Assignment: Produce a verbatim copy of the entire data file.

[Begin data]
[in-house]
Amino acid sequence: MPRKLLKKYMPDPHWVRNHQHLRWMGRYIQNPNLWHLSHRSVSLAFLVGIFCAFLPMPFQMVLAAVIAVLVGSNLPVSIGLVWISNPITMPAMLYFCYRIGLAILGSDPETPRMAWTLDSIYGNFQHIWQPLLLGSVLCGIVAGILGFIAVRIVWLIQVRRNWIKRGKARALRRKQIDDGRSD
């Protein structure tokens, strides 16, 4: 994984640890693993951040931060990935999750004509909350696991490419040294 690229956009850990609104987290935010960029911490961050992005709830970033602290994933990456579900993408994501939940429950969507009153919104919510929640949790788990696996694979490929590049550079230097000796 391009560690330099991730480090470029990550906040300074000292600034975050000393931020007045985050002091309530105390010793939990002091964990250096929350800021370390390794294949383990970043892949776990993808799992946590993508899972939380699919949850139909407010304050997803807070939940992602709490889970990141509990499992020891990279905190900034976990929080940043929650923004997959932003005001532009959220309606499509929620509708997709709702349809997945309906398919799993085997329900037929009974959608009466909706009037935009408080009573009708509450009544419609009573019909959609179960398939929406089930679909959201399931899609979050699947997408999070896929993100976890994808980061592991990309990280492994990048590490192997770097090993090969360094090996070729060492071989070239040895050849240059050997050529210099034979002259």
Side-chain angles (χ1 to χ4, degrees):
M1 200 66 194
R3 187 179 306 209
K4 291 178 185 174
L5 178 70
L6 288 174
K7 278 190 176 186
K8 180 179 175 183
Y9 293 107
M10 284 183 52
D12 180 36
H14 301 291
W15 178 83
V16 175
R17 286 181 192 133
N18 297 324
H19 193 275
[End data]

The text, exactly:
[in-house]
Amino acid sequence: MPRKLLKKYMPDPHWVRNHQHLRWMGRYIQNPNLWHLSHRSVSLAFLVGIFCAFLPMPFQMVLAAVIAVLVGSNLPVSIGLVWISNPITMPAMLYFCYRIGLAILGSDPETPRMAWTLDSIYGNFQHIWQPLLLGSVLCGIVAGILGFIAVRIVWLIQVRRNWIKRGKARALRRKQIDDGRSD
């Protein structure tokens, strides 16, 4: 994984640890693993951040931060990935999750004509909350696991490419040294 690229956009850990609104987290935010960029911490961050992005709830970033602290994933990456579900993408994501939940429950969507009153919104919510929640949790788990696996694979490929590049550079230097000796 391009560690330099991730480090470029990550906040300074000292600034975050000393931020007045985050002091309530105390010793939990002091964990250096929350800021370390390794294949383990970043892949776990993808799992946590993508899972939380699919949850139909407010304050997803807070939940992602709490889970990141509990499992020891990279905190900034976990929080940043929650923004997959932003005001532009959220309606499509929620509708997709709702349809997945309906398919799993085997329900037929009974959608009466909706009037935009408080009573009708509450009544419609009573019909959609179960398939929406089930679909959201399931899609979050699947997408999070896929993100976890994808980061592991990309990280492994990048590490192997770097090993090969360094090996070729060492071989070239040895050849240059050997050529210099034979002259």
Side-chain angles (χ1 to χ4, degrees):
M1 200 66 194
R3 187 179 306 209
K4 291 178 185 174
L5 178 70
L6 288 174
K7 278 190 176 186
K8 180 179 175 183
Y9 293 107
M10 284 183 52
D12 180 36
H14 301 291
W15 178 83
V16 175
R17 286 181 192 133
N18 297 324
H19 193 275